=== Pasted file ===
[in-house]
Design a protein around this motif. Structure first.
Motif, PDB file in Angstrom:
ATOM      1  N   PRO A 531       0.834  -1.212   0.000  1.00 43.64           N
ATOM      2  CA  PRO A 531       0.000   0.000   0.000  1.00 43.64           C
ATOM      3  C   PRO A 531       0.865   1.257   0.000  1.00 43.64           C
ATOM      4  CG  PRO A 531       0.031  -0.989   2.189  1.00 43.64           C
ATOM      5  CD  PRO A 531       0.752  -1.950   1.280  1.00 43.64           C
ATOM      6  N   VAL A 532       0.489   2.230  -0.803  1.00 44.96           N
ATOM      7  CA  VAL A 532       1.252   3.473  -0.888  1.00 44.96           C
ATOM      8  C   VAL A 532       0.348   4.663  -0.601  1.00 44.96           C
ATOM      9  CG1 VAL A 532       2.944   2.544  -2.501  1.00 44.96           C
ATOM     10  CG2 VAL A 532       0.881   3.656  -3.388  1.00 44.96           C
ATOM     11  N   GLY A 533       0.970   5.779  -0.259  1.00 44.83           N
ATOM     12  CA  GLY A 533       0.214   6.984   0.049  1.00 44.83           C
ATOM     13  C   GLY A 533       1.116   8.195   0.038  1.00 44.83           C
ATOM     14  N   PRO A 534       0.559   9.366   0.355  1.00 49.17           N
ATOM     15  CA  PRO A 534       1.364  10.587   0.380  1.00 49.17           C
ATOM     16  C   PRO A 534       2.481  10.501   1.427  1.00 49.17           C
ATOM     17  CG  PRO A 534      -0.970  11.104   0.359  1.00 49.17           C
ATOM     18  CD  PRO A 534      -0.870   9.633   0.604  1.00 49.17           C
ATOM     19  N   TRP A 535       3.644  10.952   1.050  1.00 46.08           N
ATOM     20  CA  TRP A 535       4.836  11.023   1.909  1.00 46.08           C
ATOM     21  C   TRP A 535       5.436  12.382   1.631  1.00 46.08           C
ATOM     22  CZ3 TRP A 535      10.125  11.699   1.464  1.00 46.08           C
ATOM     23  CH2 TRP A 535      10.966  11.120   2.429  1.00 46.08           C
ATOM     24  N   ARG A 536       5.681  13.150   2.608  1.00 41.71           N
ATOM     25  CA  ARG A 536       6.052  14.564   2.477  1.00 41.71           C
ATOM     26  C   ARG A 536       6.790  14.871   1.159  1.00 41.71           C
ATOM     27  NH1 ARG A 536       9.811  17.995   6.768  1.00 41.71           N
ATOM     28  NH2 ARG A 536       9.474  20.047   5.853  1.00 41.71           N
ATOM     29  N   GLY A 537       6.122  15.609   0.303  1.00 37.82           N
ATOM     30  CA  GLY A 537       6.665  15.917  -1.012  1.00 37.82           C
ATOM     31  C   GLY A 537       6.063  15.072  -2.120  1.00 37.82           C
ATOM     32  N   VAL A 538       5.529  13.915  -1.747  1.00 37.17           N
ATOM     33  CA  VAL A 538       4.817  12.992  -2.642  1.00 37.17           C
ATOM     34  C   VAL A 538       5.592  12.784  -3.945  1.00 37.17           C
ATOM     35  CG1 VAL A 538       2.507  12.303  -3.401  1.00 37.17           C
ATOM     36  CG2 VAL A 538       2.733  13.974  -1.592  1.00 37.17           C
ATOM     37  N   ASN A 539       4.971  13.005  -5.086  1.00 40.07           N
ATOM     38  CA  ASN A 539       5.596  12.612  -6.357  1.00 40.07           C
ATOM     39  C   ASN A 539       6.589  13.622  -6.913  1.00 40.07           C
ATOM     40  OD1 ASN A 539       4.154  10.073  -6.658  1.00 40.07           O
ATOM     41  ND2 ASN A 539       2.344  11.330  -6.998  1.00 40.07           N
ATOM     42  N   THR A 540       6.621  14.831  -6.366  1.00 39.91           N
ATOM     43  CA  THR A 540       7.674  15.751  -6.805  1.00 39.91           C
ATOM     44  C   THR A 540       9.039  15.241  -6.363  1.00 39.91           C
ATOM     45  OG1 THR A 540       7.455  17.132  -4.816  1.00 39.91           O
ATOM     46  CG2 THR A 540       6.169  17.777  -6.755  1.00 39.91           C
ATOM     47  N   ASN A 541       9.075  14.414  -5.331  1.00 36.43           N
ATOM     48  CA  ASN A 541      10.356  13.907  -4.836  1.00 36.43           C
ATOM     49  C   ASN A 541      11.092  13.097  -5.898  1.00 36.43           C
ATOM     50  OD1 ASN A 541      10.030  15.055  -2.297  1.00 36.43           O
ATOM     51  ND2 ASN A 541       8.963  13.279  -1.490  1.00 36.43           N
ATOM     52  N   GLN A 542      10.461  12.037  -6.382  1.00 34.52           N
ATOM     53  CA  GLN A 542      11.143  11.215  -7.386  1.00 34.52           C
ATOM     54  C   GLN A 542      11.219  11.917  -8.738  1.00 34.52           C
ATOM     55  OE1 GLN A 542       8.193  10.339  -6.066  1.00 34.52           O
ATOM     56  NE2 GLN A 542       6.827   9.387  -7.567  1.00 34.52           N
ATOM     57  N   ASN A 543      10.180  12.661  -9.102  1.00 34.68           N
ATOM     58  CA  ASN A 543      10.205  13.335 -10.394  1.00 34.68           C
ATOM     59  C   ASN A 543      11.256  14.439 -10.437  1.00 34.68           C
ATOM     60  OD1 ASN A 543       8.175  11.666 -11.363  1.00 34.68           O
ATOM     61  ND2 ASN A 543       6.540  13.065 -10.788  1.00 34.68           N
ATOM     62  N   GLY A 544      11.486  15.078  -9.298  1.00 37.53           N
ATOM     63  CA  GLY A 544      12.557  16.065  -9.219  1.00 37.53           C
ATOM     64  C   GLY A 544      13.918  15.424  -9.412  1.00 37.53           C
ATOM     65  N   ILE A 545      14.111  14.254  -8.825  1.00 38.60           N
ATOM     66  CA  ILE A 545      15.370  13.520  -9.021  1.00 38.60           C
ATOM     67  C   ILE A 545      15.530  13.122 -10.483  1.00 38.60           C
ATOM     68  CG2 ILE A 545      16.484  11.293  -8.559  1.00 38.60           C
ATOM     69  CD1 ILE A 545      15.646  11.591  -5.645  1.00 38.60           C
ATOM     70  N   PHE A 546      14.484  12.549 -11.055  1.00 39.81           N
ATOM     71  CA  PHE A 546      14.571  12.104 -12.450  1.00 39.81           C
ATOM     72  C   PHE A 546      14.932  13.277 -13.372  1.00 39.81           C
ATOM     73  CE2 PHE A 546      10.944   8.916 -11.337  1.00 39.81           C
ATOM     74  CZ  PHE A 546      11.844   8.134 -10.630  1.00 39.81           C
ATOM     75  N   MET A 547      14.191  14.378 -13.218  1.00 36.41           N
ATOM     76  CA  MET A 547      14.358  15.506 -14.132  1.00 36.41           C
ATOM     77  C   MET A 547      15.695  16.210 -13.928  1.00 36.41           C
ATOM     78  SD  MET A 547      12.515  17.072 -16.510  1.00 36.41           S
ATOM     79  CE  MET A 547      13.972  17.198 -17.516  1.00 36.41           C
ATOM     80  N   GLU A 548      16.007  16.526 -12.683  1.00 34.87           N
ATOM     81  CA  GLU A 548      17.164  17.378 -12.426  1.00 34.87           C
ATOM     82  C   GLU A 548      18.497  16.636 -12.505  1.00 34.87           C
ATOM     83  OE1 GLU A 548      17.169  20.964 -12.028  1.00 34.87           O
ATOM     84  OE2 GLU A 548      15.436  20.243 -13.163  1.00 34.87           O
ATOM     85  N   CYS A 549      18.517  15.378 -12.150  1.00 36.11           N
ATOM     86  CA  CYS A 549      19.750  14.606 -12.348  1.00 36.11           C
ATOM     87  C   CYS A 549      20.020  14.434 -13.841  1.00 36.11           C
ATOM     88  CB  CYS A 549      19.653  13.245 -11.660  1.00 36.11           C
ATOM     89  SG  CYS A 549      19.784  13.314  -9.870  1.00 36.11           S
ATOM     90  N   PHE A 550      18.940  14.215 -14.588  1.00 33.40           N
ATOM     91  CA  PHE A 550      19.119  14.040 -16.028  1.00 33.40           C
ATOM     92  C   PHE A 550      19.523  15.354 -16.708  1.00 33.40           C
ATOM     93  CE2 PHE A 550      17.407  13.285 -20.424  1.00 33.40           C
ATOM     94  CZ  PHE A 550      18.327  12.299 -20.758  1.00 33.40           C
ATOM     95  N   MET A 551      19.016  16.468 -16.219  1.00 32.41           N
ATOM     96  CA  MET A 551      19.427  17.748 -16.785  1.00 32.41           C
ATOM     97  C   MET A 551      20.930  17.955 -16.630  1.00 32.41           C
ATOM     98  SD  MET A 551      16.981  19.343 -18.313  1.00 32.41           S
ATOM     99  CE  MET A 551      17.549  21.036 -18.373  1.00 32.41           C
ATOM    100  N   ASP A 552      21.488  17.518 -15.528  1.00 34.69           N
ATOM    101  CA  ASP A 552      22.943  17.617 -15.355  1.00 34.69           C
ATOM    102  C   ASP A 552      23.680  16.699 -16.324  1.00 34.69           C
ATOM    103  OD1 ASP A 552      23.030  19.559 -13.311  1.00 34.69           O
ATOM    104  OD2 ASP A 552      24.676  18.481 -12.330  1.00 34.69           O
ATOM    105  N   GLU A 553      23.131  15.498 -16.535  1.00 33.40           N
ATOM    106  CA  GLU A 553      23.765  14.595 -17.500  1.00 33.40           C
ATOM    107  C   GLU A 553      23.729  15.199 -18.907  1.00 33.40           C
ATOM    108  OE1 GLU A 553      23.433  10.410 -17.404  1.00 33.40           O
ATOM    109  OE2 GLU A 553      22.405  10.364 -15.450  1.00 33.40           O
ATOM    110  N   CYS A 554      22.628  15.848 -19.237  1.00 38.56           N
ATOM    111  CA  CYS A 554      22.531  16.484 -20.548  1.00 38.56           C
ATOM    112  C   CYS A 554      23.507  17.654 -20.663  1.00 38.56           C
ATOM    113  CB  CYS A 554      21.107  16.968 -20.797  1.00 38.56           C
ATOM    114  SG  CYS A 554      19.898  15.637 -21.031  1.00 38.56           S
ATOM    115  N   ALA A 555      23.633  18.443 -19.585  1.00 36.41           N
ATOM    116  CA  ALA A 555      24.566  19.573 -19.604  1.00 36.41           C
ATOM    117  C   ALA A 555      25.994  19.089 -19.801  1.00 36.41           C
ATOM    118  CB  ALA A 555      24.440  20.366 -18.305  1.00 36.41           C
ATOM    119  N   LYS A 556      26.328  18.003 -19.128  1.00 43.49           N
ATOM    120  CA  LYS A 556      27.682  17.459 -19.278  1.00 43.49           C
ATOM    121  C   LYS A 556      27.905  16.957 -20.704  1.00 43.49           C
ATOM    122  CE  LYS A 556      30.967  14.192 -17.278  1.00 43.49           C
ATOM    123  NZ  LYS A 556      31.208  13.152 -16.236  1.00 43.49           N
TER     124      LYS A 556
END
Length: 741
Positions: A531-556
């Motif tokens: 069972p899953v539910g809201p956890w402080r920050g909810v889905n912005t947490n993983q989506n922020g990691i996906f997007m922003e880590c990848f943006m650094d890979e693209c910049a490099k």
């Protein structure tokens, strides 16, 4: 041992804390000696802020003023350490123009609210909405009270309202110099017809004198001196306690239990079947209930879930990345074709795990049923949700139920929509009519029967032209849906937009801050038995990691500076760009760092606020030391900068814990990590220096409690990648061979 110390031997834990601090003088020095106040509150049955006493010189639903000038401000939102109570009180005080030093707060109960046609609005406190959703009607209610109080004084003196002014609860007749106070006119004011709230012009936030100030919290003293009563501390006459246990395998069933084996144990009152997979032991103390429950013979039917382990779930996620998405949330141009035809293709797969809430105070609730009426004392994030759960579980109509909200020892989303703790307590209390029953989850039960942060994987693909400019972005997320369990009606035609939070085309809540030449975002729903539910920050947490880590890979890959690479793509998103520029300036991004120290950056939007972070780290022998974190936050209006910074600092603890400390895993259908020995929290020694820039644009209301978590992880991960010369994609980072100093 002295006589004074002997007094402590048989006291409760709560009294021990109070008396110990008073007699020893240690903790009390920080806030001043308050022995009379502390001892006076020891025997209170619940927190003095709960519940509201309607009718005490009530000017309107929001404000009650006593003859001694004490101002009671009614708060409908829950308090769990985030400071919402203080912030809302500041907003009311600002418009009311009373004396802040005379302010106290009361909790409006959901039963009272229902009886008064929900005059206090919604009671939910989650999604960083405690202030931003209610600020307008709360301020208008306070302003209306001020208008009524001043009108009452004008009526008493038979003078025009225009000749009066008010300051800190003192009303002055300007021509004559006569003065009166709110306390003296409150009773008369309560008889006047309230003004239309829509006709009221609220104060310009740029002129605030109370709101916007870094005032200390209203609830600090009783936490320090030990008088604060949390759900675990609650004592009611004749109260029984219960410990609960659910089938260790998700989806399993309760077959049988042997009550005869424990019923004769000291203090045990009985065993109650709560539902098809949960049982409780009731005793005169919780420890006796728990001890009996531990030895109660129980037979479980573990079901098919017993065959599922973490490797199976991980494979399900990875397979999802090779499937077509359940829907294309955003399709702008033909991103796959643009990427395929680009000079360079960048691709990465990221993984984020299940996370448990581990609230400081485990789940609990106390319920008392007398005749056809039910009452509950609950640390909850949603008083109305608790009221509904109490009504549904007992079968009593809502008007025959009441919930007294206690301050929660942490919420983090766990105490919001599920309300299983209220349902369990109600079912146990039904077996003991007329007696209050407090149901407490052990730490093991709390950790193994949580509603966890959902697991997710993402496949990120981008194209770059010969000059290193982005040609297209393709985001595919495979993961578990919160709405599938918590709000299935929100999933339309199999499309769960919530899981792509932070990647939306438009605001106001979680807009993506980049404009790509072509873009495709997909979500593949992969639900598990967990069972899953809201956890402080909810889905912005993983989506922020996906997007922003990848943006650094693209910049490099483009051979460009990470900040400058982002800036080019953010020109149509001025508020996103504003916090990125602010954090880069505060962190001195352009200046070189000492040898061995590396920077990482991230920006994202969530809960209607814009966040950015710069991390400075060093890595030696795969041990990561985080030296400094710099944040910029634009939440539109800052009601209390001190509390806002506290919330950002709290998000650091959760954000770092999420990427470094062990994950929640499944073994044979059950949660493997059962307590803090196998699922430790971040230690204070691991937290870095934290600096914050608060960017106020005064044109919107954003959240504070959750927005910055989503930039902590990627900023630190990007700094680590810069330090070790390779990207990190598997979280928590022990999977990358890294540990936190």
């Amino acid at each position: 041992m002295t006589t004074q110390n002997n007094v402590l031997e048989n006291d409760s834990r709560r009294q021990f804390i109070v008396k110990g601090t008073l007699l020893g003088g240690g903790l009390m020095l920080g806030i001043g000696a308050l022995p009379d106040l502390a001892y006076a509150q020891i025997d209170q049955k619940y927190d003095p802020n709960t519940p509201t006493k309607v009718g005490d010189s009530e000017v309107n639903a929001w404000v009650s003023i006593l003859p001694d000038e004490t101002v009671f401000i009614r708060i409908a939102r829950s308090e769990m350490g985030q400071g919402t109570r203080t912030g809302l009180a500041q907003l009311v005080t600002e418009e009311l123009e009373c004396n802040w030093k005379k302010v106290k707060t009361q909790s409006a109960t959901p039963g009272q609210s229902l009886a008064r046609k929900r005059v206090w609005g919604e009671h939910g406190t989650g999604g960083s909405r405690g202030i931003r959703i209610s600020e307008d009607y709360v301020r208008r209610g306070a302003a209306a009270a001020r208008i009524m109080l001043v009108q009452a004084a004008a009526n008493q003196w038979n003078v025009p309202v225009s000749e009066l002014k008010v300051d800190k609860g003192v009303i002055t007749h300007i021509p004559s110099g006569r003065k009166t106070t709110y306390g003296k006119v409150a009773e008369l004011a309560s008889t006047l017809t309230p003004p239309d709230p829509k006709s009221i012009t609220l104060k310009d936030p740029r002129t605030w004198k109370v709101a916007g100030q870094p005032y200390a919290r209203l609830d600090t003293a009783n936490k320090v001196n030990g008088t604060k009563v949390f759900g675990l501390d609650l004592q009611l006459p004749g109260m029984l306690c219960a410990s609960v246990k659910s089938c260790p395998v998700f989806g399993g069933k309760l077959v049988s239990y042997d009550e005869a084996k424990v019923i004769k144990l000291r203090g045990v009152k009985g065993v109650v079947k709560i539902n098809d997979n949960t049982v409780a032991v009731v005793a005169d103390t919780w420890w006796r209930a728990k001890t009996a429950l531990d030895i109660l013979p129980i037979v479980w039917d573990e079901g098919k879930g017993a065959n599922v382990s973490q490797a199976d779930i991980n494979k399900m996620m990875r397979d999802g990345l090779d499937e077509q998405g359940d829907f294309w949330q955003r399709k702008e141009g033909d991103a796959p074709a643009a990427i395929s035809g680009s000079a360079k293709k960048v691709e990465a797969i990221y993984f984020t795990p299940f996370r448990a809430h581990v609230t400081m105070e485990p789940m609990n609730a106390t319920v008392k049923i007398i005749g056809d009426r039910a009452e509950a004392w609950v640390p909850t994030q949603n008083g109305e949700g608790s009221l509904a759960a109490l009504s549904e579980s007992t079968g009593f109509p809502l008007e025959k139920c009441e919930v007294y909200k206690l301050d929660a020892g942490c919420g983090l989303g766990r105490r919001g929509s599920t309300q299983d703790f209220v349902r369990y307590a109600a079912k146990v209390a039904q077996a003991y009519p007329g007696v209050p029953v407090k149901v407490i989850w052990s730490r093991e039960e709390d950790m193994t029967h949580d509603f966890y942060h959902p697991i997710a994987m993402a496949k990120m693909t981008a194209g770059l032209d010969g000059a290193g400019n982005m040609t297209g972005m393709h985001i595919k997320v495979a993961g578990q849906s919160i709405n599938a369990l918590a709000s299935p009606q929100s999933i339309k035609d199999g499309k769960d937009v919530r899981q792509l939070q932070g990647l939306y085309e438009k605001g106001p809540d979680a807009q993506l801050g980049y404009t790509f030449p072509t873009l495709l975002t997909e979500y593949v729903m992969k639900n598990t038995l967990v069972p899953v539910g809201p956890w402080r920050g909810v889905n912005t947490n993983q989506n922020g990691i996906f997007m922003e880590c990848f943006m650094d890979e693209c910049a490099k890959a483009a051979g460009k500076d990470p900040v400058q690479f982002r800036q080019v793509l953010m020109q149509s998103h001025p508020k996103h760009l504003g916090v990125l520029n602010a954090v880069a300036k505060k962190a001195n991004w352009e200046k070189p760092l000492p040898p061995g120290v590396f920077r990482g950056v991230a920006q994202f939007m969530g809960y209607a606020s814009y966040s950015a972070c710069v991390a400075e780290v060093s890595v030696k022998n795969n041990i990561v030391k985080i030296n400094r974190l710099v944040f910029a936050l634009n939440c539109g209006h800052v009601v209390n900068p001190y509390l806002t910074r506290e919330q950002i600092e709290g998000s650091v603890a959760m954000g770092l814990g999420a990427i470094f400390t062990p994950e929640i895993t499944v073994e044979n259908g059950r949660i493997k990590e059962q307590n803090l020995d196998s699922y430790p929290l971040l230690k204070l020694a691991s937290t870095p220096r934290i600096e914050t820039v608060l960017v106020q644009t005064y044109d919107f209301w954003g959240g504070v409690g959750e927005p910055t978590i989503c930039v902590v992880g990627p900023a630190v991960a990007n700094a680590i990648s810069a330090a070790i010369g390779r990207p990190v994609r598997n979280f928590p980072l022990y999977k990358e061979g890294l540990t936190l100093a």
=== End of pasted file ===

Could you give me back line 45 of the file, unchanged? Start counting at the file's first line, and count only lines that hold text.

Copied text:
ATOM     42  N   THR A 540       6.621  14.831  -6.366  1.00 39.91           N